Last week, I was speaking in the chamber on successive days. On Wednesday, I introduced motions to take note of two reports from the Constitution Committee on the legislative process and the following day spoke in a QSD (Question for Short Debate) on referendums and representative democracy. The latter debate was time limited. So many peers had signed up that backbench speakers only had three minutes each. I kept within time and my contribution was sufficiently short so that I can repeat it in full here. Lord Soley’s motion referred to referenda, but in his speech he referred throughout to referendums, so I did not need to take up time explaining why it is referendums and not referenda. Regular readers will know that referendum as a Latin gerund has no plural. The Latin gerundive referenda, meaning things to be referred, connotes a plurality of issues. Anyway, here is the speech. The same regular readers will also be familiar with some of the points, given more recent posts.
‘My Lords, I congratulate the noble Lord, Lord Soley, on raising this important issue. I wish to raise two problems with referendums.
The noble Lord raised the issue in the context of representative democracy. In a representative democracy, electors choose those who will govern on their behalf and can then hold them to account for their actions. The problem with a referendum is that there is no accountability. Electors cannot hold themselves to account for the outcome of a referendum. A referendum is thus, strictly speaking, an irresponsible act.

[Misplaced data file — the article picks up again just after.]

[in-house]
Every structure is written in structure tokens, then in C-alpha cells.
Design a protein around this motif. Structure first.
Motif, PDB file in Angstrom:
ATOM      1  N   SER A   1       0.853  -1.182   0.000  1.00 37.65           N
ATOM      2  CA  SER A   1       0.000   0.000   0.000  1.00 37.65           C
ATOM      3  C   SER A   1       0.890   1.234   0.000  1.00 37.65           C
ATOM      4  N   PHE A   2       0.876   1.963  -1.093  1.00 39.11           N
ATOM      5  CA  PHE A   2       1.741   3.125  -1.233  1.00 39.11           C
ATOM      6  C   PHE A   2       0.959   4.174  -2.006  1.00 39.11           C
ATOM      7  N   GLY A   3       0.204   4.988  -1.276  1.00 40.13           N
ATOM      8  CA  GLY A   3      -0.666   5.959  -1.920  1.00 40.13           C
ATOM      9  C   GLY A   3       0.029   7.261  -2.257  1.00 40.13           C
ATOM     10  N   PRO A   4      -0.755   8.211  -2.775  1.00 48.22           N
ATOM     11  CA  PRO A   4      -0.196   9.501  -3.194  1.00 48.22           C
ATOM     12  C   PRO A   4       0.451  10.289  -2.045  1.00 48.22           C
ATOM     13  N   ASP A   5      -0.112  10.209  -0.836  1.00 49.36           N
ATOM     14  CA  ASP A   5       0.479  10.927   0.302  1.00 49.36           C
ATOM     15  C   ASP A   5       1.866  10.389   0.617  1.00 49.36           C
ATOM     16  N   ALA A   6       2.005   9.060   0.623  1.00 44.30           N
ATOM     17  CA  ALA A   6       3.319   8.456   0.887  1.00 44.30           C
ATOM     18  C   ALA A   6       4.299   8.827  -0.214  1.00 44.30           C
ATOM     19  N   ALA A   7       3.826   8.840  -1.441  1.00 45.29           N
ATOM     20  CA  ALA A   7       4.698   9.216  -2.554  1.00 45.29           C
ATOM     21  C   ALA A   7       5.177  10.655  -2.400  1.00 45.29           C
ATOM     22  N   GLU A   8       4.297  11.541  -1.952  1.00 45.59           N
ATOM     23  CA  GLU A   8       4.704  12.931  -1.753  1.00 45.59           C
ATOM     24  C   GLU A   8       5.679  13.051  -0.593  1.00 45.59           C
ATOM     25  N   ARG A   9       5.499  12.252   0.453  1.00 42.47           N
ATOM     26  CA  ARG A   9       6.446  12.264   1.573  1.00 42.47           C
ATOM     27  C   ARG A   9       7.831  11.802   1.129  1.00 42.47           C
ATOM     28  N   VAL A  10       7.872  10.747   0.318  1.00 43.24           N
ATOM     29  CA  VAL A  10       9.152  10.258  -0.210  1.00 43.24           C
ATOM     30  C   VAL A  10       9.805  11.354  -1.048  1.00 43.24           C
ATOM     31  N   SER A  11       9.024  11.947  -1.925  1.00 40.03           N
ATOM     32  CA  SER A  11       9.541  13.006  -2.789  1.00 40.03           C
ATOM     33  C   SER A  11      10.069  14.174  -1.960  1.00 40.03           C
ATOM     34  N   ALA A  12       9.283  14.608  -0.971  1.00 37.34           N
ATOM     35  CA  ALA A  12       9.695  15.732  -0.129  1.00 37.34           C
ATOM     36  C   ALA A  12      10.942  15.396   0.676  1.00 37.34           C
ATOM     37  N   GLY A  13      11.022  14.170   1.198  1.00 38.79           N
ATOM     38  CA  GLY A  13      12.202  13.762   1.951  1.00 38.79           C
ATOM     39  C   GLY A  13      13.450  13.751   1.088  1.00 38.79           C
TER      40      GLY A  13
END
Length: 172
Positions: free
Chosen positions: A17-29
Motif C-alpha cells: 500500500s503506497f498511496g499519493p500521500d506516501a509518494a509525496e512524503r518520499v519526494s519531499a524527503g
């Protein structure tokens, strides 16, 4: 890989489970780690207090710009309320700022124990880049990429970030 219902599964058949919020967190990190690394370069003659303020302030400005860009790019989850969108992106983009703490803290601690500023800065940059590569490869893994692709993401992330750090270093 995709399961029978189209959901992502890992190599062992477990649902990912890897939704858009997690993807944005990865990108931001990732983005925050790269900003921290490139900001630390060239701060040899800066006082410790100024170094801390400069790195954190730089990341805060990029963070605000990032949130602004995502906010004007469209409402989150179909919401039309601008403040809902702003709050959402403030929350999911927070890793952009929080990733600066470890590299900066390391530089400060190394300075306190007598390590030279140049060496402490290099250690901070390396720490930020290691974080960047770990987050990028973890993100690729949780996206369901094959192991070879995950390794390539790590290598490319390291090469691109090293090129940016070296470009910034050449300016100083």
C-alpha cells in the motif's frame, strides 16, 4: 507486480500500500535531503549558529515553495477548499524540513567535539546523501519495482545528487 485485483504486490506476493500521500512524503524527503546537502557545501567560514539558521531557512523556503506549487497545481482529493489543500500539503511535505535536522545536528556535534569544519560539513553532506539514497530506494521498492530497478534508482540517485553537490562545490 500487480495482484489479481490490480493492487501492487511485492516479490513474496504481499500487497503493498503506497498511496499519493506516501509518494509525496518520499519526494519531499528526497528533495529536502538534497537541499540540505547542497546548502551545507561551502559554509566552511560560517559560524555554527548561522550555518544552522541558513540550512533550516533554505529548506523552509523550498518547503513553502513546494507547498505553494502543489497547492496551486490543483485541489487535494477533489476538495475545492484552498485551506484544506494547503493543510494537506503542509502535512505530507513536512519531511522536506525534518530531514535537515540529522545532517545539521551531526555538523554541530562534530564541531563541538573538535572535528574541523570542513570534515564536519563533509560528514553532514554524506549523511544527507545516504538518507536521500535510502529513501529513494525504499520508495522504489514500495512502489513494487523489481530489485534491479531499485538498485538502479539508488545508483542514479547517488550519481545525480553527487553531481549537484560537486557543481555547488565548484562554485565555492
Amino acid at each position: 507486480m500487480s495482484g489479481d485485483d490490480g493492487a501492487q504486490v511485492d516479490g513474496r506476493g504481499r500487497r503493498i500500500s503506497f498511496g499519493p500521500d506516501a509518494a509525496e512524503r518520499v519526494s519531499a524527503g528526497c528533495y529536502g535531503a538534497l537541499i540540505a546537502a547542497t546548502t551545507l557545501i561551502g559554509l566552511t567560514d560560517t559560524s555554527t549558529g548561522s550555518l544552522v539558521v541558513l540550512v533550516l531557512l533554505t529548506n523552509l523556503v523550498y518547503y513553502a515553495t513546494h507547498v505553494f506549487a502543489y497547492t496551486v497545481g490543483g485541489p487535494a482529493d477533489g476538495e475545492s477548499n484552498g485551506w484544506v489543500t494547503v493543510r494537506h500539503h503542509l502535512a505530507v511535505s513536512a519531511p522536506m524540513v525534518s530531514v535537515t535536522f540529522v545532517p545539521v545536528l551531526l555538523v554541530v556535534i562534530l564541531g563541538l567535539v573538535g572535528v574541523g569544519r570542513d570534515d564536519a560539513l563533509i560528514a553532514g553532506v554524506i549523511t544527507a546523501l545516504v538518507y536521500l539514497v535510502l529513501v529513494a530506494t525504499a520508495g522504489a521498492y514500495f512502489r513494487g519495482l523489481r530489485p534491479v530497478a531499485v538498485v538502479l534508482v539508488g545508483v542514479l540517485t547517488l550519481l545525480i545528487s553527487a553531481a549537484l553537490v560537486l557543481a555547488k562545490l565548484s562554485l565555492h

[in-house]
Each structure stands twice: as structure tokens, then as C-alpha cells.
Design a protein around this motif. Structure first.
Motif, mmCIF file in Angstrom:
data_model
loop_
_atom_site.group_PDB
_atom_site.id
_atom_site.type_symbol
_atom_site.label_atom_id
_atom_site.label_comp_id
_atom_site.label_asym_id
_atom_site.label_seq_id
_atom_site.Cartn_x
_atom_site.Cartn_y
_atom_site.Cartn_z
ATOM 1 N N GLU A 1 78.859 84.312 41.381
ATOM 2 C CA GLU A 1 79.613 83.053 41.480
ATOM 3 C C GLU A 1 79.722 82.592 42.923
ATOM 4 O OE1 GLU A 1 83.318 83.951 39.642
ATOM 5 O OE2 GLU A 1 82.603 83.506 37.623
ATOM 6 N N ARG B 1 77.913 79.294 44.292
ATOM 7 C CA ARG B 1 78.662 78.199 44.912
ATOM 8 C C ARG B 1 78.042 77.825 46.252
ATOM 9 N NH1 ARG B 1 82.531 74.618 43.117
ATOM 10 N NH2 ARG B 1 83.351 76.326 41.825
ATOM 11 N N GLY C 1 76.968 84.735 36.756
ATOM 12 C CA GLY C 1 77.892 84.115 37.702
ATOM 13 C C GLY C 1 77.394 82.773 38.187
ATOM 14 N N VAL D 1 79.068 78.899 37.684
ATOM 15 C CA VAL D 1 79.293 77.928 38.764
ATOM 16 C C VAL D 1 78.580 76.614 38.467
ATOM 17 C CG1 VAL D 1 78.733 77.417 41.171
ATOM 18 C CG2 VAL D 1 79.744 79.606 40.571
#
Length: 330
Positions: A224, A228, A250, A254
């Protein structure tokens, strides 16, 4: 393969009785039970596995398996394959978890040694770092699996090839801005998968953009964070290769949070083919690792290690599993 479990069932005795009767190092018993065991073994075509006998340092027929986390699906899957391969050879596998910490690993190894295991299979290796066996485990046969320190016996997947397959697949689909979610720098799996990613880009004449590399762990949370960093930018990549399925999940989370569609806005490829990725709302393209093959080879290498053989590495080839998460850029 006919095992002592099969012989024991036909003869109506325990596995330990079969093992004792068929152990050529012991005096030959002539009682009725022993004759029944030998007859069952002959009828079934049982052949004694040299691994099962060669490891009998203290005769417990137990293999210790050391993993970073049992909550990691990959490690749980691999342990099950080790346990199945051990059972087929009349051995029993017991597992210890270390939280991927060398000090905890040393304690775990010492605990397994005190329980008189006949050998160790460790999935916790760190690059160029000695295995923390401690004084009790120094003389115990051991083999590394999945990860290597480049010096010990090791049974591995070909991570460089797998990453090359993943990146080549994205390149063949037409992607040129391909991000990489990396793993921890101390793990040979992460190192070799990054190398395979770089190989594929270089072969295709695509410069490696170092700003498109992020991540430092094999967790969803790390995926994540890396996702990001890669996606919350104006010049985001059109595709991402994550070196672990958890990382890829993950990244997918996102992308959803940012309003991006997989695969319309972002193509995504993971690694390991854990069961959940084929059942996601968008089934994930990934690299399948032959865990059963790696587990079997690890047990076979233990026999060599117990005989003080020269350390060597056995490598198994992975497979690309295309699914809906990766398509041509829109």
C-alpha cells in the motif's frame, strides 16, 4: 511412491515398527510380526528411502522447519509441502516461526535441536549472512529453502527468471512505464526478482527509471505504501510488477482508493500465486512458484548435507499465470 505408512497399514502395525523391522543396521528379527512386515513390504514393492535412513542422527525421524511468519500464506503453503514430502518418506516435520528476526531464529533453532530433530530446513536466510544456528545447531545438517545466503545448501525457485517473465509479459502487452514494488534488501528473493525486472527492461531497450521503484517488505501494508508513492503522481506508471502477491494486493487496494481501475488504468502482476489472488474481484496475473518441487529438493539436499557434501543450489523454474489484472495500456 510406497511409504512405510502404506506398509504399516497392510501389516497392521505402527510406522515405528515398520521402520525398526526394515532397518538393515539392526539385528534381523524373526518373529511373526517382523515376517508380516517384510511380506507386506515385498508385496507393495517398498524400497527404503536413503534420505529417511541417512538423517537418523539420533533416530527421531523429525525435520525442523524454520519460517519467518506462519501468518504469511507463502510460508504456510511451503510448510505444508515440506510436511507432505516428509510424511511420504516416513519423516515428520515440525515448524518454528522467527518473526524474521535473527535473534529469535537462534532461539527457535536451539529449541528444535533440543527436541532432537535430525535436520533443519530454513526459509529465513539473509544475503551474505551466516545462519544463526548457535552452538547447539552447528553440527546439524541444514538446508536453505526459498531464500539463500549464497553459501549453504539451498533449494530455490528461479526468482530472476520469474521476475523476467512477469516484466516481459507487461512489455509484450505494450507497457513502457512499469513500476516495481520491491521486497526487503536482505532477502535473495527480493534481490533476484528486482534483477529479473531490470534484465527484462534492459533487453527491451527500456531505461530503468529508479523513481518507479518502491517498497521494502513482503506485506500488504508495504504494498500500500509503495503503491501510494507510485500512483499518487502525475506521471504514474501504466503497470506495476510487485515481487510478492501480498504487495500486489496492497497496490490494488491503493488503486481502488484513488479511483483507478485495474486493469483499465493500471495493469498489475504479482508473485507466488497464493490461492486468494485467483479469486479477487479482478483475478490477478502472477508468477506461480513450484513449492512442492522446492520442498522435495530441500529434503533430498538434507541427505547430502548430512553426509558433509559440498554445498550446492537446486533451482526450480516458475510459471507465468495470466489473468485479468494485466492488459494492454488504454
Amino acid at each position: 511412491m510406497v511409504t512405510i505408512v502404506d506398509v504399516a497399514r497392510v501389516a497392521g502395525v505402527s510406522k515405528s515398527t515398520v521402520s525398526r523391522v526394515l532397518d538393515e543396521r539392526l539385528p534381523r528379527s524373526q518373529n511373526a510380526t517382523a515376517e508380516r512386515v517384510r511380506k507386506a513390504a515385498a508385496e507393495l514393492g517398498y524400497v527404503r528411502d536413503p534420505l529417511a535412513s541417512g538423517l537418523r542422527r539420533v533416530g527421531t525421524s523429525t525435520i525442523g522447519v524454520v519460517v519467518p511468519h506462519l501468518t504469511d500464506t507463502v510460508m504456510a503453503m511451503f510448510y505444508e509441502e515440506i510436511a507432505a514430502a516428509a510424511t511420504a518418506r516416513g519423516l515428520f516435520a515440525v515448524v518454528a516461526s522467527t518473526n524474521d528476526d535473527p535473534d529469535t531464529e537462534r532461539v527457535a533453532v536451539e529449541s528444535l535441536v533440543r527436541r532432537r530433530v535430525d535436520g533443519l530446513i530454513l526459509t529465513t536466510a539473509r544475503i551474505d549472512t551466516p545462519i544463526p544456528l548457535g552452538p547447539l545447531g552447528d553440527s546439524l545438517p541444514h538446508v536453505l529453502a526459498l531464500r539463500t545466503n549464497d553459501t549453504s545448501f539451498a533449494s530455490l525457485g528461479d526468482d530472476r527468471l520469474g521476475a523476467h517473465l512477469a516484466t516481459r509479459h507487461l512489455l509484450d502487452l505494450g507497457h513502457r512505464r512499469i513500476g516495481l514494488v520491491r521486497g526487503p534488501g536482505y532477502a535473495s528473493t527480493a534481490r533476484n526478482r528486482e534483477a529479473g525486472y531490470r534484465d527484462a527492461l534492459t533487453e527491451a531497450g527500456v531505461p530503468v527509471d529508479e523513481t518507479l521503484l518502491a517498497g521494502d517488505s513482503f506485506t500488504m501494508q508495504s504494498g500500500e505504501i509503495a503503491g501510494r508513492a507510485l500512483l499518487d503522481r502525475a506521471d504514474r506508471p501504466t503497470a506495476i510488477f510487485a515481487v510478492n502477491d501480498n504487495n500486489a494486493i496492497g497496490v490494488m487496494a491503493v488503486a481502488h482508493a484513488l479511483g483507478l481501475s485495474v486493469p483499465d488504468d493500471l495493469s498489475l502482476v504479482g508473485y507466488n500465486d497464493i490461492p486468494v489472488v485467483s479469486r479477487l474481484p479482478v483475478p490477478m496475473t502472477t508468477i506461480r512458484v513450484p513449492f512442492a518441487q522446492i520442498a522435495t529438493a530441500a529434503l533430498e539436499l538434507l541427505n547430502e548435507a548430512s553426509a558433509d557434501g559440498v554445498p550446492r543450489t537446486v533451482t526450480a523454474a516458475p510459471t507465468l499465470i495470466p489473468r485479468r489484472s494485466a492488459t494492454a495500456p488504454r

Once a decision is taken, it is left to others to implement. This leads to the second problem. We know how people vote in a referendum, as there is a formal, recorded outcome. We do not know definitively why they voted as they did. Politicians may think they know. The EU referendum is a case in point. We hear politicians claim that people did not vote for a hard or a soft Brexit, when what they mean is that they think electors voted in a way that aligns with their preference. They cannot prove it.
The result is that it leaves those who are responsible for acting on the outcome in a difficult, if not impossible, situation. I have previously likened the UK’s membership of the European Union to a marriage, a marriage of convenience, arranged late when the previous preferred relationship was not proving fruitful. Now electors have voted for a divorce. That is the starting point. How do you divide the assets? Who gets custody of the children? Those responsible for negotiating the terms of the divorce know definitively only that a divorce has been agreed.
I have previously expressed opposition to referendums on grounds of principle, but we are now faced with referendums as a part of our constitutional architecture. We cannot undo their use, but we need to think through how we handle them in future, as the noble Lord, Lord Soley, indicated. We need to learn from not just the EU referendum but earlier ones as well. Will the Minister tell us what thought has been given to a generic referendums Bill? We need such a measure before we embark on another referendum.’